Many children work literally as family slaves without reward, and then are not recognized in their expected inheritance .
Haigh v Kent 2012 BCSC 1361 is a good example of the application of the law of unjust enrichment in a long time family venture that went sour.
The actions concern an informal, undocumented family business venture, a campground and beach resort situated on a large acreage.
The Property of approximately 95 acres is now owned by the defendant Kent and his son, the defendant Dee Kent.
From 1980 until 2004, the business — the Kent Beach Resort was operated by Clive Kent and the plaintiff, Randy Haigh.
Over most of that time period, Mr Kent and Mr. Haigh were brothers-in-law, Mr. Kent then being married to Mr. Haigh’s sister, Penny Kent. Their business relationship was terminated unilaterally by Mr. Haigh in 2004, but Mr. Haigh and his wife Darlene continued to live on the property, in an A-frame house originally built as accommodation for the Resort’s manager.
After having helped operate the resort for 24 years, the plaintiff brought action seeking a declaration of beneficial ownership in the property on the basis of an express trust, or alternatively the imposition of a constructive trust as a remedy for unjust enrichment.
The court allowed the claim on the basis that a significant portion of the equity in the property was as a result of contributions made by the plaintiff, which included erecting structures, clearing land and managing cabins in the campground.
Accordingly an award of constructive trust was appropriate and necessary to do justice between the parties.
No value received award of restitutionary damages could hope to capture accurately the value of the plaintiffs contributions to the property. This was particularly because of the lengthy time period in which the plaintiff contribute to the property, the variety of his services, and the lack of records.
Moreover the common expectation between the plaintiff and the defendant was that they would share in the fruits of the resort and this was more consistent with the value survived approach in law.
In valuing the plaintiffs interest, consideration was given to factors including the current value of improvements to the property and the value of use of the one acre lot.
“As discussed in Peter v. Beblow,  1 S.C.R. 980 (S.C.C.) at para.3, once the right to claim relief for unjust enrichment has been made out:
… a second doctrinal concern arises: the nature of the remedy.
“Unjust enrichment” in equity permitted a number of remedies, depending on the circumstances. One was a payment for services rendered on the basis of quantum meruit or quantum valebat. Another equitable remedy, available traditionally where one person was possessed of legal title to property in which another had an interest, was the constructive trust. While the first remedy to be considered was a monetary award, the Canadian jurisprudence recognized that in some cases it might be insufficient. This may occur, to quote La Forest J. in Lac Minerals Ltd. v. International Corona Resources Ltd.,  2 S.C.R. 574, at p. 678, “if there is reason to grant to the plaintiff the additional rights that flow from recognition of a right of property”. Or to quote Dickson J., as he then was, in Pettkus v. Becker,  2 S.C.R. 834, at p. 852, where there is a “contribution [to the property] sufficiently substantial and direct as to entitle [the plaintiff] to a portion of the profits realized upon sale of [the property]”. In other words, the remedy of constructive trust arises, where monetary damages are inadequate and where there is a link between the contribution that founds the action and the property in which the constructive trust is claimed.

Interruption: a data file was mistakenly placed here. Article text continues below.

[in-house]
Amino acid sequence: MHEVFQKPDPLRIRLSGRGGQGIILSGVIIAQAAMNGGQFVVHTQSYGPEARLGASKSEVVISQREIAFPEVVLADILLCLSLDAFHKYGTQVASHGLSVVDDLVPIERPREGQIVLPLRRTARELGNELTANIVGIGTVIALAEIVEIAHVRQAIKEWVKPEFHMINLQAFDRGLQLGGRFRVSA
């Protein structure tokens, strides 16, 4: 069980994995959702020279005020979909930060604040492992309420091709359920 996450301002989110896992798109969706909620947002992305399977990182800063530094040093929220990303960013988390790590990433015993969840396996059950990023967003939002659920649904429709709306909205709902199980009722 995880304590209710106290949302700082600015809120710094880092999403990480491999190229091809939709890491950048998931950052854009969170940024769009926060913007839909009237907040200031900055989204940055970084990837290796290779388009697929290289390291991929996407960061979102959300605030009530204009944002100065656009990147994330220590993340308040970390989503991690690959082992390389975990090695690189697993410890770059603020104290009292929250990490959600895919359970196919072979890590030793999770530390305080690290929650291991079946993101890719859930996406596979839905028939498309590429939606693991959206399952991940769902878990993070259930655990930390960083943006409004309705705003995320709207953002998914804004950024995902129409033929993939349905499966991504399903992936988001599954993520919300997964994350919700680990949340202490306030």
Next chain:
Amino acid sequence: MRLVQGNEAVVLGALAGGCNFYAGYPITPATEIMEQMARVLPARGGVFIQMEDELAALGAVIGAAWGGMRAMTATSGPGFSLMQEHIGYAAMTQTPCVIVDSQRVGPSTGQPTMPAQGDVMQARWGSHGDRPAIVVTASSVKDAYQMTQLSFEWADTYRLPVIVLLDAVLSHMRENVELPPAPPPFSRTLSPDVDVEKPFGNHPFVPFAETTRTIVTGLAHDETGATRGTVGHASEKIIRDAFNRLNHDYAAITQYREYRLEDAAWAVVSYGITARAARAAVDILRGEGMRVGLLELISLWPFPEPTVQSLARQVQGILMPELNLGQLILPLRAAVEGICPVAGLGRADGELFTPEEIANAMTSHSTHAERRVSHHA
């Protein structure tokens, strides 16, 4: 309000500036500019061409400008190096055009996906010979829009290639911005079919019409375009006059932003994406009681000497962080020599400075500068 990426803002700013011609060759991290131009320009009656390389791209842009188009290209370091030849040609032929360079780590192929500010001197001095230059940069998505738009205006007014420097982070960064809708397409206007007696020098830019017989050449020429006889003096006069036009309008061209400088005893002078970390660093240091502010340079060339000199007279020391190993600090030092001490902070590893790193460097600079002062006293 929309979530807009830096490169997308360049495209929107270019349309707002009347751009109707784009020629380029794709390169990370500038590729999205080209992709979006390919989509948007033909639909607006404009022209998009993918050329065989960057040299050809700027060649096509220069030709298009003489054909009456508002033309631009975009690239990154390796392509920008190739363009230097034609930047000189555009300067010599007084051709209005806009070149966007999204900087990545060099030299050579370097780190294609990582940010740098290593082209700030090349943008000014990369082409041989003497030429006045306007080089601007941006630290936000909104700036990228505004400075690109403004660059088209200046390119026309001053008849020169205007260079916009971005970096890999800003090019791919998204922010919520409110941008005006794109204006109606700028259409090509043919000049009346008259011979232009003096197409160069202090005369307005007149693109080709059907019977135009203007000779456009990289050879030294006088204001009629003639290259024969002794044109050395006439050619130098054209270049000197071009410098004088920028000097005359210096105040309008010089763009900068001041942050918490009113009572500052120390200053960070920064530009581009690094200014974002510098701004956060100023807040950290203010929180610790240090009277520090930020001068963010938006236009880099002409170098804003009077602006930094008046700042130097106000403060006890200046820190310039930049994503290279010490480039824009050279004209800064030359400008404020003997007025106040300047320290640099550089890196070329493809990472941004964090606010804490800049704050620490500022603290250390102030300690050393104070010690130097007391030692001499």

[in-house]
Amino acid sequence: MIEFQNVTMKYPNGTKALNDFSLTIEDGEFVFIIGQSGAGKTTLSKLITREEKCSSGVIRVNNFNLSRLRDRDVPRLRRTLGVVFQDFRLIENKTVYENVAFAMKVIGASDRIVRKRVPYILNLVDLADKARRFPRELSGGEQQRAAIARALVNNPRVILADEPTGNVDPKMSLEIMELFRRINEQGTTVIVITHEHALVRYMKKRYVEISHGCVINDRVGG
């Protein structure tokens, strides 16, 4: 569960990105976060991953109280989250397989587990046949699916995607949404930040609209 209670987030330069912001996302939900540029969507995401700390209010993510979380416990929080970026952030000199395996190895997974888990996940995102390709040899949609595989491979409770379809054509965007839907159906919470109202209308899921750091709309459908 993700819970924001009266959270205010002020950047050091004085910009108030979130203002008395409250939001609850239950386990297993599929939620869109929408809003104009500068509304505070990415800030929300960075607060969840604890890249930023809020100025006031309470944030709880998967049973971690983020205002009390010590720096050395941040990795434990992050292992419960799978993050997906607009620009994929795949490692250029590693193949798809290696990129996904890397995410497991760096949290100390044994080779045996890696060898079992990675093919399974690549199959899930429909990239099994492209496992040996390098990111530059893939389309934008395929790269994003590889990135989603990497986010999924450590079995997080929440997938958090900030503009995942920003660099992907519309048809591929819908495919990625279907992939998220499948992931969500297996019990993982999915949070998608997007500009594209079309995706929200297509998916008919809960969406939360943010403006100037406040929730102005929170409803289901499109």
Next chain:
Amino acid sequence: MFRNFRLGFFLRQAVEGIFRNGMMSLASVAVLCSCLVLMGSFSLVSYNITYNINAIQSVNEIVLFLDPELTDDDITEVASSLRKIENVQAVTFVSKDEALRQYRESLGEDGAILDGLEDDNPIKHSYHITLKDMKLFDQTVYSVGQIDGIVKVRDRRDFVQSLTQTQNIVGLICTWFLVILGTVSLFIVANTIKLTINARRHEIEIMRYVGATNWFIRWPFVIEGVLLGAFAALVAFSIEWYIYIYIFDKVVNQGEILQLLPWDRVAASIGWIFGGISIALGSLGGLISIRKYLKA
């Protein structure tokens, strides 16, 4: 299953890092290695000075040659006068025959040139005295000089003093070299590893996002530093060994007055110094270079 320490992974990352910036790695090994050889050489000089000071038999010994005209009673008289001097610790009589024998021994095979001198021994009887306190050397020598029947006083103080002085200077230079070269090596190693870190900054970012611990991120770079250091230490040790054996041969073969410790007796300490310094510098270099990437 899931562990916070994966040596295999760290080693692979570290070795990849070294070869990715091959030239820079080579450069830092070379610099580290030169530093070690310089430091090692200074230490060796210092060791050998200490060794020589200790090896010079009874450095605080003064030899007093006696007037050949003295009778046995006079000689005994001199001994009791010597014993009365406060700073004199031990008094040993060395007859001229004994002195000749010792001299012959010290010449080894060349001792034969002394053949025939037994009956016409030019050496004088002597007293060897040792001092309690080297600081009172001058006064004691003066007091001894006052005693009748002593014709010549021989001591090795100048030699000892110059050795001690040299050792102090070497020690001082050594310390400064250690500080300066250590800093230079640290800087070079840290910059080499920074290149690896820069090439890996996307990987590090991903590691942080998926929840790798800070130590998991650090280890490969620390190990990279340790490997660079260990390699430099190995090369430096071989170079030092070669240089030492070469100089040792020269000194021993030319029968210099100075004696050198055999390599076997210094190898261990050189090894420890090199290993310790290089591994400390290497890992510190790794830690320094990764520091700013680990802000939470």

116 It has been recognized, more recently, that quantification of an award of restitutionary damages is not restricted to the “value received” — the quantum meruit or quantum valebat — but may also be determined, when the circumstances warrant, with respect to the “value survived”, e.g. the value of the property: Kerr v. Baranow, supra, at paras. 55, 70-74.
117 In my view, an award of a constructive trust is appropriate in the present case, and necessary to do justice between the parties. Given the lengthy time period over which Mr. Haigh contributed to the Property, the variety of his services, and the lack of records, no “value received” award of restitutionary damages could hope to capture accurately the value of his contributions. Moreover, the common expectation between Mr. Haigh and Mr. Kent that they would share in the fruits of the Resort, is more consistent with a “value survived approach”. Restitutionary damages might be quantified on a “value survived” basis; but Mr. Haigh has made contributions to the Property that have been so substantial and so direct as to entitle him to a portion of the profits, were the land to be sold. I have found that no transfer of ownership of an acre of the Property was intended or promised by Mr. Kent when he provided Mr. Haigh with the “certificate”, when he told Randy and Christina years ago that there would always be a place for them to live, nor later when he offered to them the use of Frankie’s Point. However, given the present relationship between the parties, a constructive trust appears to be an appropriate means of ensuring that Mr. Kent’s promises, which Mr. Haigh has relied upon, will be kept. However, wholly apart from the consequences of Mr. Kent’s promises, I find that Mr. Haigh’s efforts have earned him an ownership share in the Property.
– See more at: http://www.disinherited.com/blog/twenty-four-years-unpaid-contribution-earns-equitable-interest-real-property-unjust-enrichment#sthash.UGqNm9KZ.dpuf